paid a good deal of attention to Mr. Wyvill's pamphlet on in. tolerance ; and we embraced that opportunity of explaining the ecclesiastical reformation which was patronized by the court in the glorious reign of King William III. but of which the execution was frustrated by the bigotry, the selfishness and the malice of some narrow-minded priests Mr. Wyvill deserves no common praise fr the constancy which he has exhibited amid numerous mortifications, violent opposition, and heart-rending disaspointments, in defending the cause of that civil and ecclesiastical reform which would perpetuate the constitution both in church and state. PHILOSOPHY, MORAL, PHYSICAL, AND META


The Philosophical Transactions for-1808, Parts I. and II. will be found analyzed in this volume. Many of the papers are important, and do honour to that truly venerable society. We have given particular attention to those of Mr. Davy, because they contain facts which are the most important of any which modern chemistry has brought to light. They open new views in all the sciences connected with analy. tical researches ; and they will assuredly confer immortality on the author, who is equally modest, industrious, and acute.

MEDICINE. Dr. Reece's "Medical Dictionary,' will be found a useful manual even by professional men for occasional reference and consultation ; but it is more particularly adapted for the use of the clergy and other benevolent persons who reside in the country, and are anxious to acquire a sufficient knowledge of pharmacy to enable them to minister relief to their sick and suffering fellow-creatures. Dr Uwins's • Modern Medicine,' does not contain any novelty of information ; but the author is an agreeable writer, and never provokes our contempt by his shallowness, though he does not excite our admiration by his profundity.--In his remarks on diseases and particularly consumption, Dr. Woolcombe has brought together a good deal of important information. He has displayed much industry and research, and has evinced a degree of candour and a love of truth, which are creditable to his understanding and his integrity.-Dr. Kentish deserves our praise for his Essay on warm and vapour Baths.

:: POETRY. The author of Fowling,'has produced a very pleasing poema

which is not only free from any infection of the prevail. ing bad taste, but is distinguished by many true and legitimate beauties. The author who is said to be a young man has fure nished an attractive specimen of poetical powers, which we hope that he will not suffer to wither in neglect, but cultivate with that constant care without which permanent excel. lence is seldom attained. - The poems of Miss Evance manifest sensibility, delicacy,and taste. -Mr. Cromek's Reliques of Robert Burns will undoubtedly grarify the numerous admirers of that enthusiastic son of song , though tiey will not make any addition to his stock of fame. We do not always approve the prevailing fashion of scraping together every line which ev'in genius wrote. The object is ofien not so much to do honour to the departed author as to make money by the impress of his name. We are far trom saying that this is the motive with Mr. Cromek, but the practice is too common not to deserve pointed reprobation.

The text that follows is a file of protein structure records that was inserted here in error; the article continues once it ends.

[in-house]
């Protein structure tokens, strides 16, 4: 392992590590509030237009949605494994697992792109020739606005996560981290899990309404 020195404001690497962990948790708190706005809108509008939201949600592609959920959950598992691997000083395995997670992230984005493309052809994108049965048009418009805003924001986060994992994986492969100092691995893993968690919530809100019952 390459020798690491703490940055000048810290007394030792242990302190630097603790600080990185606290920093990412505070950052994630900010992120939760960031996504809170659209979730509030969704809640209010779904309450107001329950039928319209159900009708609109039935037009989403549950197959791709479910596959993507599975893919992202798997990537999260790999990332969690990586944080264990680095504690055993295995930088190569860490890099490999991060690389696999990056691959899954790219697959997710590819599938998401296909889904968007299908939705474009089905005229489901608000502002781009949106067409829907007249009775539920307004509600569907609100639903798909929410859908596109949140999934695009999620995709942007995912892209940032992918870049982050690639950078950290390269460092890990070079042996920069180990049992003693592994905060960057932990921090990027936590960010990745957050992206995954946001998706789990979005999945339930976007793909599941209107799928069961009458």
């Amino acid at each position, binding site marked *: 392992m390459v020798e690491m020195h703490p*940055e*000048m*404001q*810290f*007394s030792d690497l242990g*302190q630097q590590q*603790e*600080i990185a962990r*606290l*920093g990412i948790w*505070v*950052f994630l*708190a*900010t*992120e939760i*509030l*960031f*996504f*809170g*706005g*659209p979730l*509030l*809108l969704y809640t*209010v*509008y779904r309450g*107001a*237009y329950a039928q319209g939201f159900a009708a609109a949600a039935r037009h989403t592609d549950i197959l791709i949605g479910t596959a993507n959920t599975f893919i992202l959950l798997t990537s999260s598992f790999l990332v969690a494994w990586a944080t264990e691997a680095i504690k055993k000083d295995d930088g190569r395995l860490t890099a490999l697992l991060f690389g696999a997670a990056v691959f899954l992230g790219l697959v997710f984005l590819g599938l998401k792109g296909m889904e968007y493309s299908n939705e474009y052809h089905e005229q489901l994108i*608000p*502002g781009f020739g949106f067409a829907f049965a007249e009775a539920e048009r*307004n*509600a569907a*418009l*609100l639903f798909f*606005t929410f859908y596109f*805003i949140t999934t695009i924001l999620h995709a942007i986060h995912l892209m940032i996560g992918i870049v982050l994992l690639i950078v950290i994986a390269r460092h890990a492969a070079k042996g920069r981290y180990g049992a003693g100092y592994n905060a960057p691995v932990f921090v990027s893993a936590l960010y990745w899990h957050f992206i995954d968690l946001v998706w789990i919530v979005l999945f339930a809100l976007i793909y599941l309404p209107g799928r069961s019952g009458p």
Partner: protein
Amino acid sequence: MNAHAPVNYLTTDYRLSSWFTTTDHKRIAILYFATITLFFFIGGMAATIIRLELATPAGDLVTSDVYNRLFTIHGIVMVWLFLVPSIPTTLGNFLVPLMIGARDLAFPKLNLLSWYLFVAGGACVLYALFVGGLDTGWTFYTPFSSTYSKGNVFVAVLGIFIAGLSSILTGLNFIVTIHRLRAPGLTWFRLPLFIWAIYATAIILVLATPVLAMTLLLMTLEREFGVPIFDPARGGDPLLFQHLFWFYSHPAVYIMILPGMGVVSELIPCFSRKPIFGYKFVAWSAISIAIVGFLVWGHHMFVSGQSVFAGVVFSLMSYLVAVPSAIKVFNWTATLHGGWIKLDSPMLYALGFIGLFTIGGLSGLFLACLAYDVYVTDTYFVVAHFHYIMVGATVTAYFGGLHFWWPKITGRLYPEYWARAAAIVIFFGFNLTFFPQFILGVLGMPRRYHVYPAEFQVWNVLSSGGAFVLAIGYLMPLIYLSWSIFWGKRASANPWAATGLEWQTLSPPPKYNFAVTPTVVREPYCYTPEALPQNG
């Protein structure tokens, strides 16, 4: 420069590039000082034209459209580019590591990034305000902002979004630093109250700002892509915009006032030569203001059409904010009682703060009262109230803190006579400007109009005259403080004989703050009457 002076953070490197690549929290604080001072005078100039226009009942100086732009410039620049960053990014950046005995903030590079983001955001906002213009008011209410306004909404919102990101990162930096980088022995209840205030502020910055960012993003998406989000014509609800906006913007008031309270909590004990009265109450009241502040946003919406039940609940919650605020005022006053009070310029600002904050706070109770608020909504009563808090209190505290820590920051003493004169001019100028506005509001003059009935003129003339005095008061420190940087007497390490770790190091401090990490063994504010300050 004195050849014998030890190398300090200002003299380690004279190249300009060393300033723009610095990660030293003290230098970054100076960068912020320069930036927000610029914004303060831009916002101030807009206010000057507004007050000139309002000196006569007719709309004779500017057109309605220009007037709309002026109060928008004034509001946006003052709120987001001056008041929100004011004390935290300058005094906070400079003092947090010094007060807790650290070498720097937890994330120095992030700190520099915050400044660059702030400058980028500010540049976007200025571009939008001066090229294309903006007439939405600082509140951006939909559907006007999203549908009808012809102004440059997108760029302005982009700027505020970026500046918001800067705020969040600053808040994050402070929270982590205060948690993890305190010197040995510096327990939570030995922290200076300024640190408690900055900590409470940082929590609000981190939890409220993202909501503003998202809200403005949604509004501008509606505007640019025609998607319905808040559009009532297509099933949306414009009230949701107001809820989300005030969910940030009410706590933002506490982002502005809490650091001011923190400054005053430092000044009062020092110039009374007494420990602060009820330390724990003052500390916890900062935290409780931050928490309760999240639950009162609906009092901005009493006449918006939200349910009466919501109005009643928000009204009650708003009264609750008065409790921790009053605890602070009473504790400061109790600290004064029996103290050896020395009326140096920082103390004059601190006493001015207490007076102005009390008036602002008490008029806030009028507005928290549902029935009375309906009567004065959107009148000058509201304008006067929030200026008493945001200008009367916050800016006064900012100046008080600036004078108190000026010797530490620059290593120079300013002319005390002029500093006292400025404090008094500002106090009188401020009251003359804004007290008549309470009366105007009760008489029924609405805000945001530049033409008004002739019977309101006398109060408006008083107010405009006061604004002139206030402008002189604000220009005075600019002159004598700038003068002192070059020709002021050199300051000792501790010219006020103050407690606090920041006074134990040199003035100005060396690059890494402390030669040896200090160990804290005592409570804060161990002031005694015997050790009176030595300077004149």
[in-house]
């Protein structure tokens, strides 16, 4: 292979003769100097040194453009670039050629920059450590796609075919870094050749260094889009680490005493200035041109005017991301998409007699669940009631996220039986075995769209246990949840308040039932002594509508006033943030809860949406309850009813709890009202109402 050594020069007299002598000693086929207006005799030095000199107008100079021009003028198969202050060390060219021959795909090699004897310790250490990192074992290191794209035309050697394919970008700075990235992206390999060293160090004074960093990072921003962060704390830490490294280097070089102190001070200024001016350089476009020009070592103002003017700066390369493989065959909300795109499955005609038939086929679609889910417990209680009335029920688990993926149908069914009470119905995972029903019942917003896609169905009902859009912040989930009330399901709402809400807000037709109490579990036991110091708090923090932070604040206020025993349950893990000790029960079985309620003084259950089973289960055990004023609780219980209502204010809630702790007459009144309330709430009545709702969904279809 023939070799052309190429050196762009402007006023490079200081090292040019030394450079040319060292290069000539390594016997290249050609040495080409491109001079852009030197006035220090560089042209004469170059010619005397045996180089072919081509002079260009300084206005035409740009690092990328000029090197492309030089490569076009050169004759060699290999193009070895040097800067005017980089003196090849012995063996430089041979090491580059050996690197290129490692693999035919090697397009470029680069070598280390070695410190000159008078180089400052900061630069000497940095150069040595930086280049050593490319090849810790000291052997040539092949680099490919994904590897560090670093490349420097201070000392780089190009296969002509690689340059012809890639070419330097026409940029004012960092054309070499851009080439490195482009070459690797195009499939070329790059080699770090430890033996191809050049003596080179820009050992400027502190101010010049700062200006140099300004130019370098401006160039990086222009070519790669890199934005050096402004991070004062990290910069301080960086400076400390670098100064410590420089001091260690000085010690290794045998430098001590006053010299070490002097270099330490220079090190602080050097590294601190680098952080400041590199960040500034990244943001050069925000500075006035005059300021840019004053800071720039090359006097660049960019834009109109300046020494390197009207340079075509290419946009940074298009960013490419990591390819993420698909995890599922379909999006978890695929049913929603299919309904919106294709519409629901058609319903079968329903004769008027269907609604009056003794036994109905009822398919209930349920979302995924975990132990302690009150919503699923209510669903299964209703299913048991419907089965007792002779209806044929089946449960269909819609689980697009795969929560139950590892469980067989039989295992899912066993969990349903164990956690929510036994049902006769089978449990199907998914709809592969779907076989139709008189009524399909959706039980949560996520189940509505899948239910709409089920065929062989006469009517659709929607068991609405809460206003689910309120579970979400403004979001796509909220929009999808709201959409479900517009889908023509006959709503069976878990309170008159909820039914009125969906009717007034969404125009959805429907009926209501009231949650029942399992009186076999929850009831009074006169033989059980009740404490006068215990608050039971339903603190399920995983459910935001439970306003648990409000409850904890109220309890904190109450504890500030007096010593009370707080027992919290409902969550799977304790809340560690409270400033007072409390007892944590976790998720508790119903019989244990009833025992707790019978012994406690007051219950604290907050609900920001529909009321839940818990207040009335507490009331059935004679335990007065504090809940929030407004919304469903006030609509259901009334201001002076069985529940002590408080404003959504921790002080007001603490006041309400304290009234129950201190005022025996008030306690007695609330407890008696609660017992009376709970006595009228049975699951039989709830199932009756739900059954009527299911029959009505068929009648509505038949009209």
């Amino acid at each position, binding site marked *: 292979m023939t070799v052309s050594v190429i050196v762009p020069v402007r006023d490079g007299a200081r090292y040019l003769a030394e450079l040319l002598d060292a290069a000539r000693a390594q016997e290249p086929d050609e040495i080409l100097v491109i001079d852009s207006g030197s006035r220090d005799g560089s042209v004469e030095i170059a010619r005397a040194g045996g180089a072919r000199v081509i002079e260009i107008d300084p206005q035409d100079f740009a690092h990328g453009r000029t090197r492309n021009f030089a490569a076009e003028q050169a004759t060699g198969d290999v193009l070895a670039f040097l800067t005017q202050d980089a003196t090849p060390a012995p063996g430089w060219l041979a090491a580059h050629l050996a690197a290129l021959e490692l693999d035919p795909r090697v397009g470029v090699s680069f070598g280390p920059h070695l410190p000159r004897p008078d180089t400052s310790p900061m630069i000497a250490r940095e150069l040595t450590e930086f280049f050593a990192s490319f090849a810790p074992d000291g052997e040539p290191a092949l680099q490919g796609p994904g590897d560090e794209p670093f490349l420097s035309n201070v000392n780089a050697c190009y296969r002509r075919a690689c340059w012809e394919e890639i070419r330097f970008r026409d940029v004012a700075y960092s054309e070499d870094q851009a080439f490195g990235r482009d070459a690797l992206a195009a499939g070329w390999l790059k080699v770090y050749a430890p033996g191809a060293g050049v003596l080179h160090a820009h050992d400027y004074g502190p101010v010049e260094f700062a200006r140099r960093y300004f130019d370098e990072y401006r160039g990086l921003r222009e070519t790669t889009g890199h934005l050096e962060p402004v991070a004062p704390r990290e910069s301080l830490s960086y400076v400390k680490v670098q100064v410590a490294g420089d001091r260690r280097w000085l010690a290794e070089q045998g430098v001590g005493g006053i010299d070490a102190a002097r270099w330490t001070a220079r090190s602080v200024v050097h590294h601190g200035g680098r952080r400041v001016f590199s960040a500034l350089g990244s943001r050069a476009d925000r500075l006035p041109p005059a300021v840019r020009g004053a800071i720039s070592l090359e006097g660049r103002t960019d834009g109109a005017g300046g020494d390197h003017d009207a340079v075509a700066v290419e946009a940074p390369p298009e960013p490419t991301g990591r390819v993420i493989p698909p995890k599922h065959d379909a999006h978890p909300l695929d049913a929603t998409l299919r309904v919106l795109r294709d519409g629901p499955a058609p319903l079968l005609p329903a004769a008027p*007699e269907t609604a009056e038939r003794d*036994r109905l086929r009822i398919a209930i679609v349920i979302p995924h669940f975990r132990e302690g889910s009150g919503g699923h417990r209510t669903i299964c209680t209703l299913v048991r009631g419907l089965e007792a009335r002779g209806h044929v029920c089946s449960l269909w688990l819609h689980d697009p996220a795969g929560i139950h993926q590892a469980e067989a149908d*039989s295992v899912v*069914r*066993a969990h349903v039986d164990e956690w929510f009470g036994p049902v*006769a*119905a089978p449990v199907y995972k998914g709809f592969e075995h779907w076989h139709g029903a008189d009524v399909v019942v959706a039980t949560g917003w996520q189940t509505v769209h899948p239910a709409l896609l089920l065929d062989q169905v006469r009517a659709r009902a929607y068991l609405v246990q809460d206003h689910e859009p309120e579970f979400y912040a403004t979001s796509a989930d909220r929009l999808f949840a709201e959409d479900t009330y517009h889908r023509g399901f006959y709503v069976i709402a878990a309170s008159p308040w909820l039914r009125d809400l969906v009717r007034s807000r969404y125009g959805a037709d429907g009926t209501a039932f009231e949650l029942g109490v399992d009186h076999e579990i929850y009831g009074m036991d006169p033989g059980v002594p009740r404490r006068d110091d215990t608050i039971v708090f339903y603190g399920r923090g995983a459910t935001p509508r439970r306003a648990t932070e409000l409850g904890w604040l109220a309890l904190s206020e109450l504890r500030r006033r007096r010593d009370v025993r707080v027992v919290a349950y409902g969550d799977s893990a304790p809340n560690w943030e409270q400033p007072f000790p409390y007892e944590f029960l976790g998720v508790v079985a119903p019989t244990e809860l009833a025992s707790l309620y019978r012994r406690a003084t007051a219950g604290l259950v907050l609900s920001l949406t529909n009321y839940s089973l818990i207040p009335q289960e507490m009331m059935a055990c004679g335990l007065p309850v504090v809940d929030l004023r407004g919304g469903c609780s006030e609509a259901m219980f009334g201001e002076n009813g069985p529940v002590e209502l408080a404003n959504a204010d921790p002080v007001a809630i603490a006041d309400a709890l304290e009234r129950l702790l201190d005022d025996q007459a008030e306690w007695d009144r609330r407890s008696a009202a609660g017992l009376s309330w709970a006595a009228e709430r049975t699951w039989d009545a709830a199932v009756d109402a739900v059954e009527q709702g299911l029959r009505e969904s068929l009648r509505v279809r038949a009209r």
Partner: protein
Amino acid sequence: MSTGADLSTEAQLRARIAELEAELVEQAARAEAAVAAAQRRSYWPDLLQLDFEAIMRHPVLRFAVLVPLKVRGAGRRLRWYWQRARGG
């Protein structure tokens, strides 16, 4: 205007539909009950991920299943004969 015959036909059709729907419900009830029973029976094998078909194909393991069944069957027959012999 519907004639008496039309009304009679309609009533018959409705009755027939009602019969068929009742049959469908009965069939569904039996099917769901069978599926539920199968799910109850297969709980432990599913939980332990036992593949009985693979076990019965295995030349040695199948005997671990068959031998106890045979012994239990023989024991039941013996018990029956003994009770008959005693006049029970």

In Amphlet's Ned Bently some of the characters are welldrawn, and the author, though he has lost sight of probability in many parts of his ficcion, has preserved a strict and scrupu. lous delicacy in his love scenes.-Geraldine Fauconberg is a correct and faithful picture of genteel life, and of what genteel life ought to be. The characters are easy, natural, and well-drawn; the lights and shades are properly varied, and the whole picture displays good keeping. We can with a safe conscience, recommend to our young female friends the imi. tation of the amiable Geraldine. Her winning gentleness, her retiring elegance, her steady judgment, exhibit an excellent example.- In her · Ida of Athens,' Miss Owenson has deli. neated the character of her heroine with a just and glowing pencil ; but we again request this ingenious lady in her future productions, to repress the luxuriance of her fancy and to guard against those vices of style which we have reluctantly noticed in her present performance. In a work entitled 'Co. lebs in search of a wife' we have noticed some trivial defects, but they are greatly out-numbered by the general merits of the performance. Some of the theological tenets are such as do not coincide with our own, but we cannot but highly commend any sincere attempt, such as this appears to be, to check the progress of fashionable dissipation and to promote the in. terest of virtue, and of piety.


.: The work entitled Juvenile Dramas' is a pleasing perform.

ance. The characters are delineated with delicacy and discri,

mination; and exhibit that refinement of manners and sobriety of thought, on what may be termed family matters, which it is of essential importance to impress on the minds of youth of the sof er sex - Hamilton's Parliamentary Logic proves that the aui hor was well acquainted with those qualifications which are requisire to con titute an accomplished and dexterous debater. In our account of this work we made an ample selec. tion of the rules which it contains. Many of the observations are as acute as they are just. - In his · Institutes of Latin Grammar,' Mr. Grant has evinced much thought, judgment, and experience.

In this Appendix we have omitted the Digest of Politics' in order to divote the space which it occupied, to what more immediately constitutes the office of a literary Review.